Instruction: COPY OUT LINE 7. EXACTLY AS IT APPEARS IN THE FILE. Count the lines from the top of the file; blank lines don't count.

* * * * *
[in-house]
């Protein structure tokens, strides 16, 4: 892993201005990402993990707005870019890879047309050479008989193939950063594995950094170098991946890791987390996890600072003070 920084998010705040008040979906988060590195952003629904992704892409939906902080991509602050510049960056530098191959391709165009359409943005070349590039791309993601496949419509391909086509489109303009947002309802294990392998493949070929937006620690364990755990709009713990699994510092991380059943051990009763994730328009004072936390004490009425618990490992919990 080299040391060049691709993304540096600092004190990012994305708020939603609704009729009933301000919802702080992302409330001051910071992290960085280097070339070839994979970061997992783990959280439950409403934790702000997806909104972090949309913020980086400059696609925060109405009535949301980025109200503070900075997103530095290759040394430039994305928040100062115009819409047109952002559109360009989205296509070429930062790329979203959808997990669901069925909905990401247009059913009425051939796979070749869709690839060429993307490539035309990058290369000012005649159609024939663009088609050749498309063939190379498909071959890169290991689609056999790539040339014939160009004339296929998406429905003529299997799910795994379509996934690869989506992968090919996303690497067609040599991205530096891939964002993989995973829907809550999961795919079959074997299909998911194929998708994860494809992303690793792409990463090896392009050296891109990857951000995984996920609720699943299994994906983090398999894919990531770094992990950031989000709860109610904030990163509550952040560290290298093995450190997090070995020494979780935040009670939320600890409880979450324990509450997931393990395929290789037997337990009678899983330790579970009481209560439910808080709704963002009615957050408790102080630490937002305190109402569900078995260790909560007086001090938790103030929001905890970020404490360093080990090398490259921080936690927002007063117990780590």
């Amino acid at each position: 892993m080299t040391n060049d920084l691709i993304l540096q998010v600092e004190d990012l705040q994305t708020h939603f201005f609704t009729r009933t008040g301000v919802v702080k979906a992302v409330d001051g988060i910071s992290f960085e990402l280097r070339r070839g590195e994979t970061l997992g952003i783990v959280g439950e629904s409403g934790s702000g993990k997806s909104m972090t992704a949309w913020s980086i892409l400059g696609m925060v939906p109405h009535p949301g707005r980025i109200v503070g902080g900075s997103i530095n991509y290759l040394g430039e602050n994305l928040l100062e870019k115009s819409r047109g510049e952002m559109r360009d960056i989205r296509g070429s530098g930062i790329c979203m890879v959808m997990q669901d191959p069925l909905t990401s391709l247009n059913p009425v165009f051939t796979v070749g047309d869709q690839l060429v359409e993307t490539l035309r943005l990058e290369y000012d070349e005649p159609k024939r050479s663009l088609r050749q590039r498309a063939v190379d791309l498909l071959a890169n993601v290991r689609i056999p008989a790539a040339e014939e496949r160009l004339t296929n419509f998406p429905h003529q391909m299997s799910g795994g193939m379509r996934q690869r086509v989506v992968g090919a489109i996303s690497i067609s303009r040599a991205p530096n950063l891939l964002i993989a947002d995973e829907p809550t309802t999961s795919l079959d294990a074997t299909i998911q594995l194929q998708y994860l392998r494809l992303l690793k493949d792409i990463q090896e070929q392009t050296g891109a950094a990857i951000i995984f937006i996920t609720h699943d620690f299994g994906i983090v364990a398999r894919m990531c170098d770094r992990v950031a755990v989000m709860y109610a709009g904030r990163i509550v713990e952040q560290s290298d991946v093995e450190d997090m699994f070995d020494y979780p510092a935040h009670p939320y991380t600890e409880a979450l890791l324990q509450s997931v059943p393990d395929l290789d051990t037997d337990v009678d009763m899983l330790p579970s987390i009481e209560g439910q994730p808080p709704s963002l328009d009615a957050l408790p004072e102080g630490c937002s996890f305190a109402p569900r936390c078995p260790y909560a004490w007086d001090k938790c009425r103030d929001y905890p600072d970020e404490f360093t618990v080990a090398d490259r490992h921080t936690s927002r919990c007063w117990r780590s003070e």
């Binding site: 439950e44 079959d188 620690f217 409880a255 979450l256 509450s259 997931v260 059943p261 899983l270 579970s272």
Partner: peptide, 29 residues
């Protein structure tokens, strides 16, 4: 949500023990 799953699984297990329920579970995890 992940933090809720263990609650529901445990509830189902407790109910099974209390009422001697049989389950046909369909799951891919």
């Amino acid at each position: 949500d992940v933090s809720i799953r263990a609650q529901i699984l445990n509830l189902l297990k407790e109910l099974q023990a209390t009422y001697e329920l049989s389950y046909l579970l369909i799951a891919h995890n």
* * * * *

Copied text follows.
């Amino acid at each position: 949500d992940v933090s809720i799953r263990a609650q529901i699984l445990n509830l189902l297990k407790e109910l099974q023990a209390t009422y001697e329920l049989s389950y046909l579970l369909i799951a891919h995890n």